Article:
We haven't exhausted what should be discussed from this years city council meetings. One very contentious issue was on the agenda of both council meetings: Appointment of a new Civil Service commissioner. The Mayor nominated Stephen Mild, a member of the Tom Green County Sheriff's department, to fill the position. This was opposed strongly by the Police Chief and various members of the department and was eventually voted down 5 to 2.
There were two problems. First, the Chief and officers that spoke were concerned about apparent conflict of interest of having an active member of one public safety agency overseeing the promotion system and disciplinary inspections of another local agency.
Next, there is the problem of the DeSoto OAG opinion. Their city charter is worded similarly to ours. There is conflicting language where the Mayor is given the title of Chief Executive, but the city manager is given the job of doing all the managing of the city and appointing and removing officers and employees of the city. The language is not identical between the two charters, but close enough that it needs to be clarified so that there is no possible confusion about who should be doing the appointing. The mayor and the city manager both said that the city manager does not wish to appoint the commissioners, but that really has no affect on what the attorney generals opinion will be. It may be that this needs to be addressed when the city's charter is reviewed and the proper language put before the voters for approval.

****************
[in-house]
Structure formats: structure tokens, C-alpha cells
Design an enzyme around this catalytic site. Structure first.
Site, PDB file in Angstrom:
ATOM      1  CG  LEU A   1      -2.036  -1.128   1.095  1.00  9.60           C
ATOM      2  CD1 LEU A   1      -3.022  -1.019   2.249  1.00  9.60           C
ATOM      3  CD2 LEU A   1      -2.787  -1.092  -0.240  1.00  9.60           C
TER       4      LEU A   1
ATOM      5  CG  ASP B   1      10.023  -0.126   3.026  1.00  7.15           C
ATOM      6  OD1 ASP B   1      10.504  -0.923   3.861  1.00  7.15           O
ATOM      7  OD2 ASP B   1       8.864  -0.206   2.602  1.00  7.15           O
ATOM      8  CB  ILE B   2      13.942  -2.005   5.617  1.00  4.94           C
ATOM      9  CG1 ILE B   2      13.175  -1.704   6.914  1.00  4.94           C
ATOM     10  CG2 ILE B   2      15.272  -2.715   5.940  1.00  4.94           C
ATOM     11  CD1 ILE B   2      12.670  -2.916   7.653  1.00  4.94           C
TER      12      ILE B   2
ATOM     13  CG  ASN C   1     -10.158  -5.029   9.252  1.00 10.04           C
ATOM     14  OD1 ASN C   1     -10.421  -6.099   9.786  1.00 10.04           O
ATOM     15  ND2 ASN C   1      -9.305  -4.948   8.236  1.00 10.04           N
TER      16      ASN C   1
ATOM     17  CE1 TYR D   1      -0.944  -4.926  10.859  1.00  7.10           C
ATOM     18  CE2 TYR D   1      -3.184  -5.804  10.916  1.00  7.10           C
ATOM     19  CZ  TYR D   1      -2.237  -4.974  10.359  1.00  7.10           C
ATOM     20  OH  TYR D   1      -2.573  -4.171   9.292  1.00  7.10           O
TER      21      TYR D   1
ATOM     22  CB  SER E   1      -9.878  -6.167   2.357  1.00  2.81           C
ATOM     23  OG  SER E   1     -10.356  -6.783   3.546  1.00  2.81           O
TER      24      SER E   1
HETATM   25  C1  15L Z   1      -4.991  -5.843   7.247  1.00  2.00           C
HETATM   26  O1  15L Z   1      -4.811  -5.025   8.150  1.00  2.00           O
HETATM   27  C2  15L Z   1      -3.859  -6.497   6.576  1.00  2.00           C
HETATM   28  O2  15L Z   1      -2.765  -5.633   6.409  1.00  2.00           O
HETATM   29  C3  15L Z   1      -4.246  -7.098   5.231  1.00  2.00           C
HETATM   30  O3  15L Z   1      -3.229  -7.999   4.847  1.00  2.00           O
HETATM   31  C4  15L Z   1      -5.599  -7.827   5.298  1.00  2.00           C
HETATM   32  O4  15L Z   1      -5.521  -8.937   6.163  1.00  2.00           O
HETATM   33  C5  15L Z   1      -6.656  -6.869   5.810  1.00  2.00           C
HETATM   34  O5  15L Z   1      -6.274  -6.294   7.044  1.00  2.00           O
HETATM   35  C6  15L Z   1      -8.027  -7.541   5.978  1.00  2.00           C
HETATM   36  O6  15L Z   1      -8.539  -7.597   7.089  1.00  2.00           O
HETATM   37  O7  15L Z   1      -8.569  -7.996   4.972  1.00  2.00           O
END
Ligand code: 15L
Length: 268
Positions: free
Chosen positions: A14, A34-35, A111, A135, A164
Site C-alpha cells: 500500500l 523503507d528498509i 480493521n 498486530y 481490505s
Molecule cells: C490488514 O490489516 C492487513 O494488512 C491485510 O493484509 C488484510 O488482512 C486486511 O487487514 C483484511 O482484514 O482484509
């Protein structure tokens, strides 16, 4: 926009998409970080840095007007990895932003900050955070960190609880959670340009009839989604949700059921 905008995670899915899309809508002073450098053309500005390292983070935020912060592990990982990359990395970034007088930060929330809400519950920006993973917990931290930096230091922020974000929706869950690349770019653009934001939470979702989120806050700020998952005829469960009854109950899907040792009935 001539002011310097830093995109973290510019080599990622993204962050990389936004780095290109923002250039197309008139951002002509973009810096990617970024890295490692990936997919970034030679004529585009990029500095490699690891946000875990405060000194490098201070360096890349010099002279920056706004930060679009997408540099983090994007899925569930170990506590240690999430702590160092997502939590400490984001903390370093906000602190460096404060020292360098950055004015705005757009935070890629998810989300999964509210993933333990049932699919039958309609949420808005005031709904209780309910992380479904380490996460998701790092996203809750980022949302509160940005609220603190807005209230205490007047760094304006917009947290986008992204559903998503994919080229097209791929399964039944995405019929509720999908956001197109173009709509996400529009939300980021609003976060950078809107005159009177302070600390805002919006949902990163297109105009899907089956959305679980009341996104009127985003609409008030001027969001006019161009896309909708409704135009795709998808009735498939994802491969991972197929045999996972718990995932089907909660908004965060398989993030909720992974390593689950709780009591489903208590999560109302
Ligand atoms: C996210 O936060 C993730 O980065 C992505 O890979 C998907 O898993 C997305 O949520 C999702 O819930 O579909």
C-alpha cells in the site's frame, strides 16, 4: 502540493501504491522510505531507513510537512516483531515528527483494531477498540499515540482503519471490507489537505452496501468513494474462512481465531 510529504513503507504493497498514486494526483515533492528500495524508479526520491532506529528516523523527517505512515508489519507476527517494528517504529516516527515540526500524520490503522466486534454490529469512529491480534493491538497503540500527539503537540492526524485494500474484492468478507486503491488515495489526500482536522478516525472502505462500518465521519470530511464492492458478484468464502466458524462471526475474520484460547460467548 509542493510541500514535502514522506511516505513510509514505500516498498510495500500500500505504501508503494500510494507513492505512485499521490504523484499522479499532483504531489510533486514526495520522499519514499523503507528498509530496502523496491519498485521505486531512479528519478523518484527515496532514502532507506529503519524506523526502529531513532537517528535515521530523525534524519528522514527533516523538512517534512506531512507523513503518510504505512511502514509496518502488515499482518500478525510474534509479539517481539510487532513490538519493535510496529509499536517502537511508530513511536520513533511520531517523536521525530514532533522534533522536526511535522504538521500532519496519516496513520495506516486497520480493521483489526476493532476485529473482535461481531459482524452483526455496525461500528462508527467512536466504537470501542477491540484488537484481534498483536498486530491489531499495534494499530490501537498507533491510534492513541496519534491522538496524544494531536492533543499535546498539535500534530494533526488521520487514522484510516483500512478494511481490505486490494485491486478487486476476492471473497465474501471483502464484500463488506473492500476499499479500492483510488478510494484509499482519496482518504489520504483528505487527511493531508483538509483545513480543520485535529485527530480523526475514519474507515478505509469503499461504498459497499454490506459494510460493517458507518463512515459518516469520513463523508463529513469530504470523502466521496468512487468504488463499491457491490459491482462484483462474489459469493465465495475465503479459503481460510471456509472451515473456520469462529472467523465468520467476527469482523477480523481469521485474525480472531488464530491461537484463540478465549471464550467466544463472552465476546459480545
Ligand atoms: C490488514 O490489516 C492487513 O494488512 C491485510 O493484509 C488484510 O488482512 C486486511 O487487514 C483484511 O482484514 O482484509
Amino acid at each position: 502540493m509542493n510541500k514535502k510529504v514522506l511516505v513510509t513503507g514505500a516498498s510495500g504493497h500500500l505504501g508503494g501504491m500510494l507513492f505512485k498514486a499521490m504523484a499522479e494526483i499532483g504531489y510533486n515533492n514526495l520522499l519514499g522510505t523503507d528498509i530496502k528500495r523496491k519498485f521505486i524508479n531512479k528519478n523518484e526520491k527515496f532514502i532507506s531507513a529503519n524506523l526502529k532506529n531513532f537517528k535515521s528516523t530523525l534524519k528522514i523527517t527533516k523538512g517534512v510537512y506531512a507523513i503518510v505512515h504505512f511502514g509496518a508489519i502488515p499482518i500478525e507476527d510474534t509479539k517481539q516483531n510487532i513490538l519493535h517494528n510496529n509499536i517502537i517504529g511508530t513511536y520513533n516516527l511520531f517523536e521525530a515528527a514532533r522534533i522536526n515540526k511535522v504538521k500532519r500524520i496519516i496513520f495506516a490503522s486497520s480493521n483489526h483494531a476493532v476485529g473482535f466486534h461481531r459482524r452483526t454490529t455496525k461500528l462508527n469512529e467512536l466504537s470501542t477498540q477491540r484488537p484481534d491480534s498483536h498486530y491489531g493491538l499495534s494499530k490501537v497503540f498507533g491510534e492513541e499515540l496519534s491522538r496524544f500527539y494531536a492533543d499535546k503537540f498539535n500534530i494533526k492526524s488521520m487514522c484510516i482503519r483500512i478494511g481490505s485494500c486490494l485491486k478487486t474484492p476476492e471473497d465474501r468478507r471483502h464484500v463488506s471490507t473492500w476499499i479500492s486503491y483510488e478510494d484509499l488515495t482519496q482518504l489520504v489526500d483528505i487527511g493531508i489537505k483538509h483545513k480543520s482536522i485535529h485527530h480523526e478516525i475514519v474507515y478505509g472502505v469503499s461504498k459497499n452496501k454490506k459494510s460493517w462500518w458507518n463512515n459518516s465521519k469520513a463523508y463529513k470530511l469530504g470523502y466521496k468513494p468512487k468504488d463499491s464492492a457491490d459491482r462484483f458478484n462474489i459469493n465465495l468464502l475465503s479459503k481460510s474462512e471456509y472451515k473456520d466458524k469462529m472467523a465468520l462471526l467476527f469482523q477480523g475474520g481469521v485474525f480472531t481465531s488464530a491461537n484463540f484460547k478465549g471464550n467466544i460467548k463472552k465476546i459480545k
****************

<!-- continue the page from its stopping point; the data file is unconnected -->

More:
The most important issue, though, is who should be appointed to the civil service commission. None of the parties involve had any doubts about the sincerity and integrity of Stephan Mild. The problem goes to the heart of why we have civil service at all. In the early part of our nations history, public officials were appointed and hired by what is called patronage, or more descriptively: the spoils system. There were attempts to clean up the system, especially after the scandal ridden administration of Grant. There was little real progress made until President Garfield was assassinated by a disgruntled office seeker. After that, merit systems with safeguards to prevent undue outside influence were eventually implemented across the country. San Angelo adopted its current civil service system in 1948. (Check here for more detailed history)
Texas civil service law already forbids appointing people who have been a public official within the last three years to the commission. Legally a sheriff's deputy, even a very senior one, is probably not a public official but I wouldn't want to bet on the outcome if that distinction went before a judge. The reality, though, is that it is a bad precedent to have public officers involved in the civil service. The appearance of outside influence, whether real or imagined, can only hurt. When the agencies have to work together as closely as the Sheriff and police department must, the appearance can overwhelm reality, and lead to friction where it can do significant damage.
The Mayor's objective of appointing someone with experience in both law enforcement and fire fighting is commendable. I support that objective. Still, he must find a qualified individual that will not set a bad precedent, and will not have any apparent conflicts of interest. When Stephen Mild retires from the Sheriff's department, I would support his appointment with no reservations, and I imagine the police and fire departments would do the same. Until then, we need someone else for the civil service commission.